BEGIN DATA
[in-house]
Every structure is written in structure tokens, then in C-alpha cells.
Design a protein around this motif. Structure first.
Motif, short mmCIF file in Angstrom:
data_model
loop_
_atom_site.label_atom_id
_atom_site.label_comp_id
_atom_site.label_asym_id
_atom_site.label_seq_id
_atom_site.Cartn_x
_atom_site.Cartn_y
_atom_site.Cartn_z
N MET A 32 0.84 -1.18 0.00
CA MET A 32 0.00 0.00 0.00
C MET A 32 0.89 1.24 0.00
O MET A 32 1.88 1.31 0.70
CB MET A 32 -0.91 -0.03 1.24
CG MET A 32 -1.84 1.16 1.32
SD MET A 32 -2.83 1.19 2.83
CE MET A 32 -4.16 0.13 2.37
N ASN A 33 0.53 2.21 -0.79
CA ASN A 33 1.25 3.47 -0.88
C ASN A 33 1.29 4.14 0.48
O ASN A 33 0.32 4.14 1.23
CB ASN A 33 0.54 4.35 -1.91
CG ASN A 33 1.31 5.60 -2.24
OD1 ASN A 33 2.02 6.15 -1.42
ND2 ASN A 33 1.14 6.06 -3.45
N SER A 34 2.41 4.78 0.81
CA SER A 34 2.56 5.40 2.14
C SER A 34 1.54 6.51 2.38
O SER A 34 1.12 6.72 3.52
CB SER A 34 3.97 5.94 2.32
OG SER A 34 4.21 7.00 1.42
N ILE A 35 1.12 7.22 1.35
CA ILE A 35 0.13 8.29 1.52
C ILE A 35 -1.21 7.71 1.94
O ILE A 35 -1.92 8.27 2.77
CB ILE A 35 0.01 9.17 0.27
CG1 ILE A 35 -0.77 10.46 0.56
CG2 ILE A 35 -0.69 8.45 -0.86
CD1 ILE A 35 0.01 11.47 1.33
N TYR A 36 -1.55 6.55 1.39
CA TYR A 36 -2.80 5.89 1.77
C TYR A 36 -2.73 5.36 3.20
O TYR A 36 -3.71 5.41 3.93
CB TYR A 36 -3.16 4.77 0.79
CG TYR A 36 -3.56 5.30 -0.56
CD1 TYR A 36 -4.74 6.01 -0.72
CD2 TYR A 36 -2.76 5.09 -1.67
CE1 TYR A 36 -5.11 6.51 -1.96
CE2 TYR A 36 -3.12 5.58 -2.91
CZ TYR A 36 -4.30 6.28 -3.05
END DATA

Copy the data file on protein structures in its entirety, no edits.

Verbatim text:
[in-house]
Every structure is written in structure tokens, then in C-alpha cells.
Design a protein around this motif. Structure first.
Motif, short mmCIF file in Angstrom:
data_model
loop_
_atom_site.label_atom_id
_atom_site.label_comp_id
_atom_site.label_asym_id
_atom_site.label_seq_id
_atom_site.Cartn_x
_atom_site.Cartn_y
_atom_site.Cartn_z
N MET A 32 0.84 -1.18 0.00
CA MET A 32 0.00 0.00 0.00
C MET A 32 0.89 1.24 0.00
O MET A 32 1.88 1.31 0.70
CB MET A 32 -0.91 -0.03 1.24
CG MET A 32 -1.84 1.16 1.32
SD MET A 32 -2.83 1.19 2.83
CE MET A 32 -4.16 0.13 2.37
N ASN A 33 0.53 2.21 -0.79
CA ASN A 33 1.25 3.47 -0.88
C ASN A 33 1.29 4.14 0.48
O ASN A 33 0.32 4.14 1.23
CB ASN A 33 0.54 4.35 -1.91
CG ASN A 33 1.31 5.60 -2.24
OD1 ASN A 33 2.02 6.15 -1.42
ND2 ASN A 33 1.14 6.06 -3.45
N SER A 34 2.41 4.78 0.81
CA SER A 34 2.56 5.40 2.14
C SER A 34 1.54 6.51 2.38
O SER A 34 1.12 6.72 3.52
CB SER A 34 3.97 5.94 2.32
OG SER A 34 4.21 7.00 1.42
N ILE A 35 1.12 7.22 1.35
CA ILE A 35 0.13 8.29 1.52
C ILE A 35 -1.21 7.71 1.94
O ILE A 35 -1.92 8.27 2.77
CB ILE A 35 0.01 9.17 0.27
CG1 ILE A 35 -0.77 10.46 0.56
CG2 ILE A 35 -0.69 8.45 -0.86
CD1 ILE A 35 0.01 11.47 1.33
N TYR A 36 -1.55 6.55 1.39
CA TYR A 36 -2.80 5.89 1.77
C TYR A 36 -2.73 5.36 3.20
O TYR A 36 -3.71 5.41 3.93
CB TYR A 36 -3.16 4.77 0.79
CG TYR A 36 -3.56 5.30 -0.56
CD1 TYR A 36 -4.74 6.01 -0.72
CD2 TYR A 36 -2.76 5.09 -1.67
CE1 TYR A 36 -5.11 6.51 -1.96
CE2 TYR A 36 -3.12 5.58 -2.91
CZ TYR A 36 -4.30 6.28 -3.05